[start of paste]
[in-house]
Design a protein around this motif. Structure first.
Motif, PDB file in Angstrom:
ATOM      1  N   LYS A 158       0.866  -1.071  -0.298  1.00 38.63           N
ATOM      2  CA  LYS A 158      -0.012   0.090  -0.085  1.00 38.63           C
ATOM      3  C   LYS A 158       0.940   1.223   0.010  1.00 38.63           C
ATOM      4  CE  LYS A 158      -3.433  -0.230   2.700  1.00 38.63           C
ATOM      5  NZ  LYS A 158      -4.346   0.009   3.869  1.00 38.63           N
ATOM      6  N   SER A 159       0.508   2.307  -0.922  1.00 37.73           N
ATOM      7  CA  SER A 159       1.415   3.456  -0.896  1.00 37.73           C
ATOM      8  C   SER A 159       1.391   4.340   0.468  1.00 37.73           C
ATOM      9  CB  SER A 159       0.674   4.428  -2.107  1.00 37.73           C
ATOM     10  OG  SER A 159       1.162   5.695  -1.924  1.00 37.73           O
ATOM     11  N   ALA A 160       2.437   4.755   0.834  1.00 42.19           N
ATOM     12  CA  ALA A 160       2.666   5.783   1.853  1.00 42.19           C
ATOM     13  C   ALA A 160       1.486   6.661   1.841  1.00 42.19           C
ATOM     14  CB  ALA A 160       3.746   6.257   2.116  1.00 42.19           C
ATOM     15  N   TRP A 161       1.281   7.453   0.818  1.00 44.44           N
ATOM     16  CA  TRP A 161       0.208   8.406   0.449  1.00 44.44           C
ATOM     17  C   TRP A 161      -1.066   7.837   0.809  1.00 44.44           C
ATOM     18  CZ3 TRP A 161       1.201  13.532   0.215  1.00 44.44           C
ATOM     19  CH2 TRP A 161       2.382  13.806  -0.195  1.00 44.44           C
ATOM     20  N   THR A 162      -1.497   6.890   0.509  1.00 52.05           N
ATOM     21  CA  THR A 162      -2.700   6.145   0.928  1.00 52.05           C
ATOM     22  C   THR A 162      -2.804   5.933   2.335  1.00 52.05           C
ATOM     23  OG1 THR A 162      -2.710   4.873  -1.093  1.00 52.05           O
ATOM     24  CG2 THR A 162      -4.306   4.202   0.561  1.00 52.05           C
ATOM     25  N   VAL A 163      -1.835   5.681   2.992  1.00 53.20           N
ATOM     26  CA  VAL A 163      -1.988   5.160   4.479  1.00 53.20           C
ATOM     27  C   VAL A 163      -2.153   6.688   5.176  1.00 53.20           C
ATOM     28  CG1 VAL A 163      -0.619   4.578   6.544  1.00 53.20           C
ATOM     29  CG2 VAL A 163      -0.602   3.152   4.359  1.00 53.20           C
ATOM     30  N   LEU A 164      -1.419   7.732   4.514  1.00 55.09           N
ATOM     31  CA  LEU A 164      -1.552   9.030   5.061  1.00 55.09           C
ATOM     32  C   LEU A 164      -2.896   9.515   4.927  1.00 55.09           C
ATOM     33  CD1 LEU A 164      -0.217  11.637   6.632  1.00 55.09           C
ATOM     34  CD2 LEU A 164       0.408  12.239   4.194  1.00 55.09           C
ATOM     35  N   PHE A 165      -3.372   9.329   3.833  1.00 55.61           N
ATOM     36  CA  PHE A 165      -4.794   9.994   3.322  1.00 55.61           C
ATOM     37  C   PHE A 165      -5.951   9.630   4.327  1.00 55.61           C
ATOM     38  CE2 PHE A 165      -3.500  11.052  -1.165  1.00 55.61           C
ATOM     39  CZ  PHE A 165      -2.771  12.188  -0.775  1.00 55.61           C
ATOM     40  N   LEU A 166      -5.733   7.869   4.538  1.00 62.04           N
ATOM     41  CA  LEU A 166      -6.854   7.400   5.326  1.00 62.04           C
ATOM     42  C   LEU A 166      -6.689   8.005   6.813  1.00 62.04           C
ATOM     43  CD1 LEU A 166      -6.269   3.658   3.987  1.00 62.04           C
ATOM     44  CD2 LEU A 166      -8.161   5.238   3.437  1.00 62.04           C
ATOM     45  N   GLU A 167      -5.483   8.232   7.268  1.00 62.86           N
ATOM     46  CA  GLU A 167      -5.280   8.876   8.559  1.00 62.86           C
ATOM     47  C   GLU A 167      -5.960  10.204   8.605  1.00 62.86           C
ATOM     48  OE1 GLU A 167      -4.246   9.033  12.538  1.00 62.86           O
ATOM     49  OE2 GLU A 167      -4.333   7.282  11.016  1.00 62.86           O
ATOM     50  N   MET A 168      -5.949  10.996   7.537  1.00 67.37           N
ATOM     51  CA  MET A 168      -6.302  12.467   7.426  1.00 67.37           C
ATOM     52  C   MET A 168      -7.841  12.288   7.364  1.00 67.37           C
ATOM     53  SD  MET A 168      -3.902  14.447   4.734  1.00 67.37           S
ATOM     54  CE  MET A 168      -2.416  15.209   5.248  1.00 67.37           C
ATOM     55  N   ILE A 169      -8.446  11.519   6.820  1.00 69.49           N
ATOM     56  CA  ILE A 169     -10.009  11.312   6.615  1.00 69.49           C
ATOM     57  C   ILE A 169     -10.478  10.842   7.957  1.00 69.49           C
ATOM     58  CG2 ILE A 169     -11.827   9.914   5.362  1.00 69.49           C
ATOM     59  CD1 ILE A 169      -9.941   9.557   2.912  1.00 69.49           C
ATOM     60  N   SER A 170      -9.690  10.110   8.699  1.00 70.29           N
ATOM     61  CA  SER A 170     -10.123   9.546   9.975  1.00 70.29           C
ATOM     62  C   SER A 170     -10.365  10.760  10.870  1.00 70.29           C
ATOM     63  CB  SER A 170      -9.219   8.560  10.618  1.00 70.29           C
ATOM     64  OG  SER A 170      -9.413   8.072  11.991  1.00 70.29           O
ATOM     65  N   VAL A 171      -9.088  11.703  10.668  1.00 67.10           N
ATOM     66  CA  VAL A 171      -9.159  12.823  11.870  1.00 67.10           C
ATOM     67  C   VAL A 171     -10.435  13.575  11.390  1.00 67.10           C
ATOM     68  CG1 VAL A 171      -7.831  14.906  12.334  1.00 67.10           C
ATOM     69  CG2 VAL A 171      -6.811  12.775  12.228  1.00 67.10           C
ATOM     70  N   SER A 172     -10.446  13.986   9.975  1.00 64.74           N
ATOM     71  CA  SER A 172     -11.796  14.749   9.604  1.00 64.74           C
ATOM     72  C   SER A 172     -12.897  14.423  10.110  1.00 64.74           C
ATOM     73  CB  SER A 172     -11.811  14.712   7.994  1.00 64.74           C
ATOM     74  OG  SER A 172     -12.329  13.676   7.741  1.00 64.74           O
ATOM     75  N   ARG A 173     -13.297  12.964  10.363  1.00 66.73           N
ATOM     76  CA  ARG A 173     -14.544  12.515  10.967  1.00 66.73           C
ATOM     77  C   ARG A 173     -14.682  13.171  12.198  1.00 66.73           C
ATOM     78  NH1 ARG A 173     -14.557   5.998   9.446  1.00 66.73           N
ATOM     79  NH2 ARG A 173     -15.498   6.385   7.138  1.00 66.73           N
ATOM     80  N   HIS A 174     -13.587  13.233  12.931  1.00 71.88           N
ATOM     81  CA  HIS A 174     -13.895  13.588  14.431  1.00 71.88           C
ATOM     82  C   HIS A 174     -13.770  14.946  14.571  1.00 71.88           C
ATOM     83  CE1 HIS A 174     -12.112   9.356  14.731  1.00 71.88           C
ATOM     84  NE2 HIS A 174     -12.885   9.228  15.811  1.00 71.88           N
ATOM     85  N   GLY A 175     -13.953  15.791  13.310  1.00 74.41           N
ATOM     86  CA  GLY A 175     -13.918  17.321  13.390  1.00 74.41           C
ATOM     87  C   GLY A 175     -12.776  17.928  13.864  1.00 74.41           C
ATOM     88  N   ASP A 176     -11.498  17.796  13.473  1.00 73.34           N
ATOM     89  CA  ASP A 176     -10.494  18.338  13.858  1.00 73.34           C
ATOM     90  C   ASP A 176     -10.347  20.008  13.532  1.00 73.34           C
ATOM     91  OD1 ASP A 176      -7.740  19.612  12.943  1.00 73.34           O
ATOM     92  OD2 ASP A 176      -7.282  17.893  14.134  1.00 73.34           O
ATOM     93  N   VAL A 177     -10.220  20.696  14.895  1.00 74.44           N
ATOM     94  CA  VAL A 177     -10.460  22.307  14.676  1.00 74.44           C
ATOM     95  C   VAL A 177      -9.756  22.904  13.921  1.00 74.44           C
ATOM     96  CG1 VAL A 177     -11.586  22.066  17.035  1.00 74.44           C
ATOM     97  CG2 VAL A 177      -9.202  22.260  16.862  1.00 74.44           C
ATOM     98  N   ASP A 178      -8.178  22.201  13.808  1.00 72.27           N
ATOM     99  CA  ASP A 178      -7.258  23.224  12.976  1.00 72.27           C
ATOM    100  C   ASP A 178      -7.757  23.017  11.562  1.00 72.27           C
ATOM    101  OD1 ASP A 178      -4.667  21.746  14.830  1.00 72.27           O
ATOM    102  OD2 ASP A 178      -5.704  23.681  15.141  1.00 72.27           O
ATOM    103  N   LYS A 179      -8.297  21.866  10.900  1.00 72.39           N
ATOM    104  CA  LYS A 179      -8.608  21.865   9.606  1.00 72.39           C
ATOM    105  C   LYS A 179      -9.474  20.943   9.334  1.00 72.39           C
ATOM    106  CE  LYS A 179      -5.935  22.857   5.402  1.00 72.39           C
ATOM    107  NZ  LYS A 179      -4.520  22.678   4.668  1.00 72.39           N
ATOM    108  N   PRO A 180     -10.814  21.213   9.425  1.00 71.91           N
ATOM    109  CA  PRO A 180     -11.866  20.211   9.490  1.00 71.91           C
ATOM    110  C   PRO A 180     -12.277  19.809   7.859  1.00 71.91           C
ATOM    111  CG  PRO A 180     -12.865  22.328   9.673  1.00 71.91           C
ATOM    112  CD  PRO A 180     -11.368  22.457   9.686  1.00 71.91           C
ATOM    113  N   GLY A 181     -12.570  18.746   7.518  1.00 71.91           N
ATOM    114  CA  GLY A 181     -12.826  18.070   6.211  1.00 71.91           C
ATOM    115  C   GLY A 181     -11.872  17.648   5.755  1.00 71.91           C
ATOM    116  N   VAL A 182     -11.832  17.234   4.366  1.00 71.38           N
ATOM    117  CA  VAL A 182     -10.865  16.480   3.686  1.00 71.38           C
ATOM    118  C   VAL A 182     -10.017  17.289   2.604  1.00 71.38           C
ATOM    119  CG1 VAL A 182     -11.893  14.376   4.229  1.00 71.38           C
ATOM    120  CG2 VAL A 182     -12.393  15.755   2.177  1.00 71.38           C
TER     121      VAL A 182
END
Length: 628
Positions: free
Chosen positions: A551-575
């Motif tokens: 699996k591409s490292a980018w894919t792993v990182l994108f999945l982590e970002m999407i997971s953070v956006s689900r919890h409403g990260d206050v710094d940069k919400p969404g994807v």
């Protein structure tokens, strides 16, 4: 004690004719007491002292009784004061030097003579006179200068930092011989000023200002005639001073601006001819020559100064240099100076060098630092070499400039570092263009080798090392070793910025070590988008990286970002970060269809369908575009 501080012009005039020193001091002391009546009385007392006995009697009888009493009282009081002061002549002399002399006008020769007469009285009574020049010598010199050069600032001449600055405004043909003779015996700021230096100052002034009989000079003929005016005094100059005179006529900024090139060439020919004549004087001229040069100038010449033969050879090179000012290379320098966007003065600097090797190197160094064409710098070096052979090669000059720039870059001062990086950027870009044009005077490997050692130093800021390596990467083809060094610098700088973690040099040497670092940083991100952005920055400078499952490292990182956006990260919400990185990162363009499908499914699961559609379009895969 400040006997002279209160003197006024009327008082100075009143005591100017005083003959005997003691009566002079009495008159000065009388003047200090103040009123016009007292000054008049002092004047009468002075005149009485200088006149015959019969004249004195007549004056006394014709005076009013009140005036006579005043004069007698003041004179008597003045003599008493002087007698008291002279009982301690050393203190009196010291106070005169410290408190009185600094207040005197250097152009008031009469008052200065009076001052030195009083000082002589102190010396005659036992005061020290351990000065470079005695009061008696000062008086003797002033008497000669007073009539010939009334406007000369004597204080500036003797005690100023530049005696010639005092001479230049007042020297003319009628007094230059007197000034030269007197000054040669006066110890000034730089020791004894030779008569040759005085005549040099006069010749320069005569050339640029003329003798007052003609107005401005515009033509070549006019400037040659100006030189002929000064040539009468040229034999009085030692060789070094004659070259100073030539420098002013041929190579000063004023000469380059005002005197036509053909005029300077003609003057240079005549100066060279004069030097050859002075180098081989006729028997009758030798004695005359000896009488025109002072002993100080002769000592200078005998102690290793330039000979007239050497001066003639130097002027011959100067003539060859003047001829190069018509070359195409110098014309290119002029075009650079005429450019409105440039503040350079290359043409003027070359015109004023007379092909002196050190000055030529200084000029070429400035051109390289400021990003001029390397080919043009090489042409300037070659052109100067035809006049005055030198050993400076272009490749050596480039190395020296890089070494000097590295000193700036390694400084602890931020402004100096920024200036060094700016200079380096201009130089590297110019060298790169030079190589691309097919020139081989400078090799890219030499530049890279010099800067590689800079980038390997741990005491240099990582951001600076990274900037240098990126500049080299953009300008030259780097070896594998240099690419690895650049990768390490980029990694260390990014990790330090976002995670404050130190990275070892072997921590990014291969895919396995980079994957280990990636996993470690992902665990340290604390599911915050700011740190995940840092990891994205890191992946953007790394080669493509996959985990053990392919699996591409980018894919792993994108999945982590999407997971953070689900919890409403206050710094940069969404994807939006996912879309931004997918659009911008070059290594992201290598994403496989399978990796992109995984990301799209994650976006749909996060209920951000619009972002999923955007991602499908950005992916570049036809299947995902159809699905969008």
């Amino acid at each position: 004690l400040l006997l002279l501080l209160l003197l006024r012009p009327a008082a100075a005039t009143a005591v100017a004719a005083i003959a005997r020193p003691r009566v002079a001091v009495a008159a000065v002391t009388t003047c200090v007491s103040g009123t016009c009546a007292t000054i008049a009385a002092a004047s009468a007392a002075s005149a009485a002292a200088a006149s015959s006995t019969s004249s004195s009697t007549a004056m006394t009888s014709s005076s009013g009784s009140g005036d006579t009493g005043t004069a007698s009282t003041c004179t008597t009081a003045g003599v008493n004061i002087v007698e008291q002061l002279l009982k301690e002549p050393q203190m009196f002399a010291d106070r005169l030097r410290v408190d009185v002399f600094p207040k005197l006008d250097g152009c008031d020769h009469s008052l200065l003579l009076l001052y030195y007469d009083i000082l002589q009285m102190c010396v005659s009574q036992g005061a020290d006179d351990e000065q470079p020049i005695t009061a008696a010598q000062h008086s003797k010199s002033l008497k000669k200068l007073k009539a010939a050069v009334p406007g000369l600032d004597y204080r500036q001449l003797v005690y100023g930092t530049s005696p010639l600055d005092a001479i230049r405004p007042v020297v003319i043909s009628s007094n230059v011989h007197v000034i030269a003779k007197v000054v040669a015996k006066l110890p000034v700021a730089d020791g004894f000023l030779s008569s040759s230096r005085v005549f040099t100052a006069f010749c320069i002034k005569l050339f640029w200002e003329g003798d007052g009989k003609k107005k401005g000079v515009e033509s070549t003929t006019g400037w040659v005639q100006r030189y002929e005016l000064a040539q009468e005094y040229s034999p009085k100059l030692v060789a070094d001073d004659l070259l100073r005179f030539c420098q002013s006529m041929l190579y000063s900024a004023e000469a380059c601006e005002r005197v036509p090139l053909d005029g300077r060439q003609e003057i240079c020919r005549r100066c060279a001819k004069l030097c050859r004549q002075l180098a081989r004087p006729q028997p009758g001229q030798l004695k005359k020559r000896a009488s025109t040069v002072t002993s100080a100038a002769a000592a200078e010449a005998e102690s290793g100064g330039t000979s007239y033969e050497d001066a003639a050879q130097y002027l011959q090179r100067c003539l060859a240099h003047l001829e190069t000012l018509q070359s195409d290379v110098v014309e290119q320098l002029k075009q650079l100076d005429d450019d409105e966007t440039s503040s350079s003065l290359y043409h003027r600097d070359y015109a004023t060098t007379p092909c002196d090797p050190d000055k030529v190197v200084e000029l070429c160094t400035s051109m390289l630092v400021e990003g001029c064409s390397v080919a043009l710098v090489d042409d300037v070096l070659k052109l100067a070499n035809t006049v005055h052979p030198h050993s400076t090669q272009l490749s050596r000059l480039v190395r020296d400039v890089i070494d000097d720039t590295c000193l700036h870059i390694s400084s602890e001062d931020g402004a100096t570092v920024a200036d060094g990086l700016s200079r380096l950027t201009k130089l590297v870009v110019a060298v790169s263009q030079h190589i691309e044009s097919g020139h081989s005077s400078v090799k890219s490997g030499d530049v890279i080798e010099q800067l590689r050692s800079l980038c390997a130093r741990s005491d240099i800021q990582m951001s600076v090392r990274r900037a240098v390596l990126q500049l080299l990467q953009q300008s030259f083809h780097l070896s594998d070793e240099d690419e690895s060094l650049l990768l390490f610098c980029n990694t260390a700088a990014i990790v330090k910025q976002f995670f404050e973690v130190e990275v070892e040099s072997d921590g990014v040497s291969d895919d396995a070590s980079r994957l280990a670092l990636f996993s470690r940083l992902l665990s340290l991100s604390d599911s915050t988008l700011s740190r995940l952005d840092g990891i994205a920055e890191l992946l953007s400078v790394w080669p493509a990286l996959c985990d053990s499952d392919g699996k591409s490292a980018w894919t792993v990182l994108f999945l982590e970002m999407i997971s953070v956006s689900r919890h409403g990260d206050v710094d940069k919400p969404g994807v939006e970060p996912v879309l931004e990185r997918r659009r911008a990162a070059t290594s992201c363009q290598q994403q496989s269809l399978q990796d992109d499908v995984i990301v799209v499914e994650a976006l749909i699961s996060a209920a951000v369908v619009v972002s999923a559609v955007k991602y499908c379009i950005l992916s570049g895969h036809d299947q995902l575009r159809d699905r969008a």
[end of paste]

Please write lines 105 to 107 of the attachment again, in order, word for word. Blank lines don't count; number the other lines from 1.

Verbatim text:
ATOM    102  OD2 ASP A 178      -5.704  23.681  15.141  1.00 72.27           O
ATOM    103  N   LYS A 179      -8.297  21.866  10.900  1.00 72.39           N
ATOM    104  CA  LYS A 179      -8.608  21.865   9.606  1.00 72.39           C